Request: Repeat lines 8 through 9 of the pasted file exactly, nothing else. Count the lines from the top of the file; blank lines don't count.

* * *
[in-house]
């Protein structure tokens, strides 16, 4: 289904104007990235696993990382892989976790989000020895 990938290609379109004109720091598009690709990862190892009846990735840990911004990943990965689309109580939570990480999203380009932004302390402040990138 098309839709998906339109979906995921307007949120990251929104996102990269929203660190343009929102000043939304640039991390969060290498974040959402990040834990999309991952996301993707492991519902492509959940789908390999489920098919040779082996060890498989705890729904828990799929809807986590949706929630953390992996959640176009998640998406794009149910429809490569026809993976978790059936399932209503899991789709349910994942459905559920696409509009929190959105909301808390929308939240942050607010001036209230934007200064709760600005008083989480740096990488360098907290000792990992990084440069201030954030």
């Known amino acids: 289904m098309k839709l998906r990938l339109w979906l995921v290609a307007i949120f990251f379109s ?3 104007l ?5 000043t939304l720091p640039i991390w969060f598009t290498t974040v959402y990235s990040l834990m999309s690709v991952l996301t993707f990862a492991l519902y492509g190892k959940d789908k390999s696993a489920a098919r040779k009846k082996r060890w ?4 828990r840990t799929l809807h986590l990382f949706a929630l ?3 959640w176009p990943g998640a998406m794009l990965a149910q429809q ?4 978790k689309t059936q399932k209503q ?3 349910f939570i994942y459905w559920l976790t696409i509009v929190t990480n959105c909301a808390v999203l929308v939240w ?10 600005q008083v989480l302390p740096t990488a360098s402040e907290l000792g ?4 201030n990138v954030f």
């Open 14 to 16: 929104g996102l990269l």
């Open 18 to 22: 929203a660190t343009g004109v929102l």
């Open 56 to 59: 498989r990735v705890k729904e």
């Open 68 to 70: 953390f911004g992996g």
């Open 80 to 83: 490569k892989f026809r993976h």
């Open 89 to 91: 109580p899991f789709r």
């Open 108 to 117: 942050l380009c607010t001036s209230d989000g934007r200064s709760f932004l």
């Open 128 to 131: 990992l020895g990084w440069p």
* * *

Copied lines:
């Open 80 to 83: 490569k892989f026809r993976h």
């Open 89 to 91: 109580p899991f789709r």